A lecture to the Berkshire Archaeological Society, 24 April 2021 by Mildred Cookson
Mildred Cookson began by mentioning her thirty years’ work for the Mapledurham water mill, and by describing the Mills Archive in Reading, which since 2002 has been a specialist resource for the documentary and pictorial history of mills in the United Kingdom. She added that most surviving mills in Berkshire are water mills. Their heyday came to an end around the time of the first world war, when new technology became too expensive for many small mills to install, and when many millworkers departed to fight and did not return. Another cause of the demise of many mills was fire, always a hazard, but more serious in modern times when throughput increased and bearings could overheat. Berkshire mills were used not only for milling cereals (corn and barley), but also for fulling, the manufacture of brick, whiting and paper, and for the processing of timber and cork.
Mildred went on to describe individual mills, starting with two in Reading.
The Abbey mill, like many mills of medieval origin, began as a monastic initiative, and produced flour for the abbey. In recent times it had two waterwheels, one wide and one narrower, and was owned by S.M. Soundy, who in 1904 built a four-storey mill over the medieval arches on the original site. This new mill, powered first by steam and later by electricity, was sold in 1960 and demolished in 1964. Some surviving medieval arches have been preserved.
St Giles Mill, near County Lock on the Kennet, was demolished in 1901 to make way for the Reading tramway depot. In the 1990s, just before the construction of the Oracle shopping centre, which was built over the site, archaeologists found a twelfth-century gear wheel from the medieval mill. It is an iron ring perforated around its side edges to provide for the insertion of wooden pegs, which protruded parallel to the axle connecting the water wheel to the gear wheel. As the water wheel turned the gear on the axle, the pegs protruding from the gear wheel engaged with a lantern pinion on a second, vertical, axle connected to the millstone. In this way the rotary movement of the vertical water wheel could turn the horizontal millstone. A single wooden paddle from the medieval waterwheel was also found, with the smaller flat piece of timber (called a ‘start’) by which it was mounted on the wheel.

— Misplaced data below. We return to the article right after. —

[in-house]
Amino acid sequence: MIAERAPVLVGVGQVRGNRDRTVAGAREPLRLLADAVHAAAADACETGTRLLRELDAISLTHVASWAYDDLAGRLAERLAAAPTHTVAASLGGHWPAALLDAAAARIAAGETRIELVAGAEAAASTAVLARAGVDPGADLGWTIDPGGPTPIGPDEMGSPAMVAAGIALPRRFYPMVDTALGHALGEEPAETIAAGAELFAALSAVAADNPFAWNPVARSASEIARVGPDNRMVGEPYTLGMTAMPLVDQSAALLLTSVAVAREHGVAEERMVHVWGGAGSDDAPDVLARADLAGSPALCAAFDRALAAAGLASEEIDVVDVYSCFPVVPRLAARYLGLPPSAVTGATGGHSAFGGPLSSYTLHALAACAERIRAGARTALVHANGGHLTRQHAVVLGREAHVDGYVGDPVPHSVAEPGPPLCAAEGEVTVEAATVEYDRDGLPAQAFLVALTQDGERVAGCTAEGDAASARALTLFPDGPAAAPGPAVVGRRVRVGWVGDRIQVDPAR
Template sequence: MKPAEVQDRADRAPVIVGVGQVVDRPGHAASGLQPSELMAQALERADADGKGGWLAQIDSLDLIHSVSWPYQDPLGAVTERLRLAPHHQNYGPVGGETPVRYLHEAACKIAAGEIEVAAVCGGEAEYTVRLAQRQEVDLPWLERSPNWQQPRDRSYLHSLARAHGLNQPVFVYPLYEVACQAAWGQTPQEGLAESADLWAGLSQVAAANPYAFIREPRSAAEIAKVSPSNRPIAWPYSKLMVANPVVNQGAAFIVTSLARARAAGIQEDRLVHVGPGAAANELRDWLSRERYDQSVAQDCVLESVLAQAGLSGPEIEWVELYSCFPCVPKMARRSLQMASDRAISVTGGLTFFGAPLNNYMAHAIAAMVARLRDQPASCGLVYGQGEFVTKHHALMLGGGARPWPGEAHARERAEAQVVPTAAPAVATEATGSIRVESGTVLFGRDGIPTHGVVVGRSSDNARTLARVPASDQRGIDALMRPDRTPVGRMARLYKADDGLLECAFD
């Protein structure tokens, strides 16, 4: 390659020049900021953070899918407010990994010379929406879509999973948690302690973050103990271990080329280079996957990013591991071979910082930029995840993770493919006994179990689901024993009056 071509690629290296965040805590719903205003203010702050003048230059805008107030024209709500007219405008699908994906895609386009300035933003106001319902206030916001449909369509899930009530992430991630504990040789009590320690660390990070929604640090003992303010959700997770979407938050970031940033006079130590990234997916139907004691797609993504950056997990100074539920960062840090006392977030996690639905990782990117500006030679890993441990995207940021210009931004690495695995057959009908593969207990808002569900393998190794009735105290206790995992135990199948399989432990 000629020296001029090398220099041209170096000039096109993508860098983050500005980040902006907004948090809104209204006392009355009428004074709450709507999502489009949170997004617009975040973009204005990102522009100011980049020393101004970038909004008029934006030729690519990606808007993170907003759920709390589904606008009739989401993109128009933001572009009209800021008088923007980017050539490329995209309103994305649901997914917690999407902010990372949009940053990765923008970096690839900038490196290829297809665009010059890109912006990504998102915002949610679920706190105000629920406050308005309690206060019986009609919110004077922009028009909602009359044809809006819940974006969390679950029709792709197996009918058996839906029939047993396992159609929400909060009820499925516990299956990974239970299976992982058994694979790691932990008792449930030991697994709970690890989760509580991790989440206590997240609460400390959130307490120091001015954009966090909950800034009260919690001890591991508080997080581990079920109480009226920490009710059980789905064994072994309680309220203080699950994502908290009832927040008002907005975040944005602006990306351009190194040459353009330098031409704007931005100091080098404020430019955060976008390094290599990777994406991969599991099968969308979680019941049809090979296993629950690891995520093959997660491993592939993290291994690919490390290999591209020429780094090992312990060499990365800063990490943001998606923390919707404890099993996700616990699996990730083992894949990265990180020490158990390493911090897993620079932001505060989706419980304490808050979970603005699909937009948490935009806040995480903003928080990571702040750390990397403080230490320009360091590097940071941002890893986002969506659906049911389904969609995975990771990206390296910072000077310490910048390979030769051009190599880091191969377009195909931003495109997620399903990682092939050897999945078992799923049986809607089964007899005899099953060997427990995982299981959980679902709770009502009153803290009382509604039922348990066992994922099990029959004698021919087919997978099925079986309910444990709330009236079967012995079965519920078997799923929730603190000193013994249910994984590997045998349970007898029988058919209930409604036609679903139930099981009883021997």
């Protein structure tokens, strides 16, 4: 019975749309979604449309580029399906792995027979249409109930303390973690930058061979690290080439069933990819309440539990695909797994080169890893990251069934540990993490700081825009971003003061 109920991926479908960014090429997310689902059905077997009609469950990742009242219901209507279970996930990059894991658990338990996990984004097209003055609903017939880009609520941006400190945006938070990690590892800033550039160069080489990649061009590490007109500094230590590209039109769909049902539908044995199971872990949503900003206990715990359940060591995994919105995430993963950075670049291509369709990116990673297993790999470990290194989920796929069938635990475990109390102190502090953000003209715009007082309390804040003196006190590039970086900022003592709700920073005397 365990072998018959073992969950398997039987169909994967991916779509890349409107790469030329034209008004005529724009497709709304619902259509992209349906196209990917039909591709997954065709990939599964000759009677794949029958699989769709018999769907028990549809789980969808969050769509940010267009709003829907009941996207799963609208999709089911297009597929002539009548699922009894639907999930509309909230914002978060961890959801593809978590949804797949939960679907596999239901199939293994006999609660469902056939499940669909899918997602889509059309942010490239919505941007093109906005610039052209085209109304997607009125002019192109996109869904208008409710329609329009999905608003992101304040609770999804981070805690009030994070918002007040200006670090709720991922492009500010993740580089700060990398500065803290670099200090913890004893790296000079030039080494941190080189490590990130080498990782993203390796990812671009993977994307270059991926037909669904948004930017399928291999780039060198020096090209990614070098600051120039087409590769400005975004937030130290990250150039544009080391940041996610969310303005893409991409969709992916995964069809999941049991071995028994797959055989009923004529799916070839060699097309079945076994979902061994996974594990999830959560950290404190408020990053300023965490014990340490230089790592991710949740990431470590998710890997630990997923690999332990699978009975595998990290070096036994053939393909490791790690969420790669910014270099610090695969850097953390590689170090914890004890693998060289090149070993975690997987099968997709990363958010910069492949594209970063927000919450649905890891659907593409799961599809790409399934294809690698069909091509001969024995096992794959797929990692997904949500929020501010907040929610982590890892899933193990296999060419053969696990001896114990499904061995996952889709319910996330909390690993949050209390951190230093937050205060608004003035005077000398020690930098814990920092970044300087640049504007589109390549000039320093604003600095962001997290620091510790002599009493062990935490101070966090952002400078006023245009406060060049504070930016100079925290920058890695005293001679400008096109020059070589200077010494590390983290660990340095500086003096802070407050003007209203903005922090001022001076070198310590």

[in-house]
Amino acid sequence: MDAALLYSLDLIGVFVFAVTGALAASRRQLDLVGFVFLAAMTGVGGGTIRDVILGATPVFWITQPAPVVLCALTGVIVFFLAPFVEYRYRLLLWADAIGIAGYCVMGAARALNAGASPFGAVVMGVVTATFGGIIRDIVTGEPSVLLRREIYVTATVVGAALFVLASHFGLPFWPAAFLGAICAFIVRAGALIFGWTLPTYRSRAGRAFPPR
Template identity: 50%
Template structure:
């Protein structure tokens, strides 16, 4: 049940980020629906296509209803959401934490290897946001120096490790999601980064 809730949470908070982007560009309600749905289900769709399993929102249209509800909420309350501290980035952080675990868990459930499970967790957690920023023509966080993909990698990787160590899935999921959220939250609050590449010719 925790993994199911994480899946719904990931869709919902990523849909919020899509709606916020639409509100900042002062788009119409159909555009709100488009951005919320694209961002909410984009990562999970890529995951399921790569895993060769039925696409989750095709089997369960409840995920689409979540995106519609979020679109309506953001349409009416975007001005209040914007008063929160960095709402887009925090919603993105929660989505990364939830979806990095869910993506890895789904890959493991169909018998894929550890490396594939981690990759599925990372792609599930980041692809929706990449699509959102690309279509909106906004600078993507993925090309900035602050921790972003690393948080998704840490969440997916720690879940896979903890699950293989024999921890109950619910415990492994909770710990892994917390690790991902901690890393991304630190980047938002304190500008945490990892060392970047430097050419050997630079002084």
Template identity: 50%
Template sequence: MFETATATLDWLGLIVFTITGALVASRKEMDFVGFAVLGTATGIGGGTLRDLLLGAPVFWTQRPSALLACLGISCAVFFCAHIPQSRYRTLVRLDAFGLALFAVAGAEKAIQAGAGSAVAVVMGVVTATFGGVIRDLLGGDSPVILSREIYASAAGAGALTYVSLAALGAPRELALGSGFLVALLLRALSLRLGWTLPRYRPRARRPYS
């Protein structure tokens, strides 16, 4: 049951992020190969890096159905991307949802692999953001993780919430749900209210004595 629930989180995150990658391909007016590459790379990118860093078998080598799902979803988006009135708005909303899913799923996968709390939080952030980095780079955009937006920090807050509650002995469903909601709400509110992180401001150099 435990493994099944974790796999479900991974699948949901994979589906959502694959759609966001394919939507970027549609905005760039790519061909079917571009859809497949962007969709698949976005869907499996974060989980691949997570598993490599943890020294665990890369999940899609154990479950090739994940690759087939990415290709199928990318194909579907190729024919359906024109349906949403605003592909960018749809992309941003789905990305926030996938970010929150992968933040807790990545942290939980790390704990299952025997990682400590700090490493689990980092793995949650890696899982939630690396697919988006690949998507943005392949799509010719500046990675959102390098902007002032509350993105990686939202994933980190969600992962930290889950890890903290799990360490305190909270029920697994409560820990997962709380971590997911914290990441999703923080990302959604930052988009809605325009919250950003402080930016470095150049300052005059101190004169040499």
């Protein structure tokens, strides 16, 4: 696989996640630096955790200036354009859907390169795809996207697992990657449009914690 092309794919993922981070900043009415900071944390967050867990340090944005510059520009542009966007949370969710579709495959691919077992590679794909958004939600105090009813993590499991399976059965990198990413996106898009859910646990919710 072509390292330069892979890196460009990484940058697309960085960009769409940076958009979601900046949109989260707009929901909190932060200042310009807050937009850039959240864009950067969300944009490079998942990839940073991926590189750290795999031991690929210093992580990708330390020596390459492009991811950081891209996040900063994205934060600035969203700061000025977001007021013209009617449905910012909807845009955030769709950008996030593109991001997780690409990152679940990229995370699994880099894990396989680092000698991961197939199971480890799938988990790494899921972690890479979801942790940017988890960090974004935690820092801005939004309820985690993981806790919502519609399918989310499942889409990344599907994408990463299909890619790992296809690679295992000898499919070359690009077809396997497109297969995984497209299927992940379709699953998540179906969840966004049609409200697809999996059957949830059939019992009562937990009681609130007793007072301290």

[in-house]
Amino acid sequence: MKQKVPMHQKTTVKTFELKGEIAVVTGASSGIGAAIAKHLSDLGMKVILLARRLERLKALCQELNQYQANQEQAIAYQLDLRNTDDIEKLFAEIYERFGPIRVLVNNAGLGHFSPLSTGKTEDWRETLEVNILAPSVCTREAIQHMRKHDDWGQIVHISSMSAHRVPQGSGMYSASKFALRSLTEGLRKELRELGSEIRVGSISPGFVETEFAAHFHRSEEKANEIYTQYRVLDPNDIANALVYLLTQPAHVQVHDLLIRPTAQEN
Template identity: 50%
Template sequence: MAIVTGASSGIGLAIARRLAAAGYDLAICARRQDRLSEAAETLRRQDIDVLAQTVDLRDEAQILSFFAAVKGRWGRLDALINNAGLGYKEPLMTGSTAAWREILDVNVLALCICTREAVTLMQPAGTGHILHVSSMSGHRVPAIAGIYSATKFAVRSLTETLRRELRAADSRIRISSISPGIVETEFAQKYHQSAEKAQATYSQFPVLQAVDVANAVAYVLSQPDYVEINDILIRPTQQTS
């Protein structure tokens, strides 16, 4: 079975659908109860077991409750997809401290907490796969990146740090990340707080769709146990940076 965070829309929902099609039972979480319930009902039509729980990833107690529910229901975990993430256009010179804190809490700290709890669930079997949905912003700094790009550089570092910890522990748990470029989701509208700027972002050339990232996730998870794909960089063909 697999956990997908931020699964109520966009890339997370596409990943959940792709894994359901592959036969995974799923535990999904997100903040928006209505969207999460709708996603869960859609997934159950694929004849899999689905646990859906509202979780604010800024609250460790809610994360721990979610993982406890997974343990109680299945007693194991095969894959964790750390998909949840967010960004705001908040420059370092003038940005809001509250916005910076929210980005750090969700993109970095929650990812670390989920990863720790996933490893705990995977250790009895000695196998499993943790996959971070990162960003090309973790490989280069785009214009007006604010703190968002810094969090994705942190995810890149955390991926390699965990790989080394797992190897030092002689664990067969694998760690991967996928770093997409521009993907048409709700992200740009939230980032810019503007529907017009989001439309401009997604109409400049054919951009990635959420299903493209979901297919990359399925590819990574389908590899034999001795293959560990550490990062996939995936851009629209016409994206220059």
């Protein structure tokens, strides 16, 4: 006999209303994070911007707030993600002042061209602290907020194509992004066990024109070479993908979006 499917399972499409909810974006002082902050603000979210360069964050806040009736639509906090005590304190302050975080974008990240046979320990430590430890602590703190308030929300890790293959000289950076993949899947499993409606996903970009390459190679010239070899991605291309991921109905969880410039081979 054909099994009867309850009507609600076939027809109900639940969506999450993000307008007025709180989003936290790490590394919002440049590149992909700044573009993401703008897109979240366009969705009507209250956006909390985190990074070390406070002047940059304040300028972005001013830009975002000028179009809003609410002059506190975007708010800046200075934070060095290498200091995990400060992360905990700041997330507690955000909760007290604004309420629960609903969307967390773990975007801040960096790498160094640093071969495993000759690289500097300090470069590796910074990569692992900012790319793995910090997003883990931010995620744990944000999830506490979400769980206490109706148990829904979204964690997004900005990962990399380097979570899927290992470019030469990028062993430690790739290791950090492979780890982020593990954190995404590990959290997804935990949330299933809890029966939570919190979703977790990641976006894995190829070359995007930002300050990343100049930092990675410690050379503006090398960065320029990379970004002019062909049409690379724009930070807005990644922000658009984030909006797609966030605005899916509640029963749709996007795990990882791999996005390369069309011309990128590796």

The remains of Arborfield mill are at the side of the Loddon on Reading University’s Hall Farm, next to the original St Bartholomew’s church (now derelict). Originally a corn mill, this was by 1953 a paper mill using cam-operated wooden hammers to break down the fibres in linen and cotton rags (the raw materials of high-quality paper), which when mixed with water formed a pulp which could be dried in sheets. Some of the paper produced there was used to make banknotes.
Bucklebury barn mill was a barn fitted with a small water wheel. It was badly damaged by fire c.1960 but the two millstones survived, and it is now in working order.
Burghfield mill on the Kennet was owned c.1880 by James Dewe, producing 1000 sacks of flour per year.
Calcot mill was damaged by fire in 1966 though the remains of the wheel survive.
Caversham mill, mentioned in the Domesday Book, was in 1481 used as a fulling mill as well as for corn. In 1677 it was converted to mill pearl barley. By 1854 it had reverted to corn. In 1914 Mr Soundy of the Abbey mill installed new machinery there and subsequently took the lease. In 1934 it was in use by British Metal Powders milling aluminium as an ingredient in paint, producing flammable powder which on one occasion caused an explosion which blew the roof off. Later the mill processed cork from Portugal and Spain to make sheets and boards. It was demolished in 2012.
Kintbury mill was a flour mill. Whiting edge-runners (vertical millstones) for grinding chalk have been found in the grounds.
Mapledurham mill, dating from 1626 and extended in the eighteenth century, had two waterwheels, one of which was replaced successively by a turbine (1955), after fire damage to it, and by an Archimedean screw (2012). Over the centuries it has been used for milling grain both from the Mapledurham estate and delivered from London by barge; also for wire-pulling and as a sawmill. It now generates electricity for Mapledurham House and the national grid. During the installation of the screw, the millpond was drained, revealing numerous formerly submerged iron tools and fastenings, as well as an early revetment to the bank consisting of timber stakes, many tipped with metal. Graffiti have been found from 1768 and 1891 (etc.) in the mill’s brick walls.
Marsh Mill, Henley, produced at various times flour, animal feed and paper.
In photographs of Sonning mill from c.1940 grain can be seen being delivered by lorry into a cellar, from which it was lifted by bucket elevator to be milled at high level by cast-iron rollers with fine grooves. This process sorted the grain into its components such as bran and semolina. The mill is now a theatre.
In the nineteenth century Robert Stone, of Pangbourne mill, was on good terms with his colleague Hopgood at Mapledurham mill, often visiting him there, and on occasion dressing his millstones, receiving in return gear wheels made by Hopgood.
Streatley and Swallowfield mills were destroyed by fire and not rebuilt.
Twyford mill was at different times used for paper, silk, flour, and brewing. It burned down c.1890.
report by Toby Bainton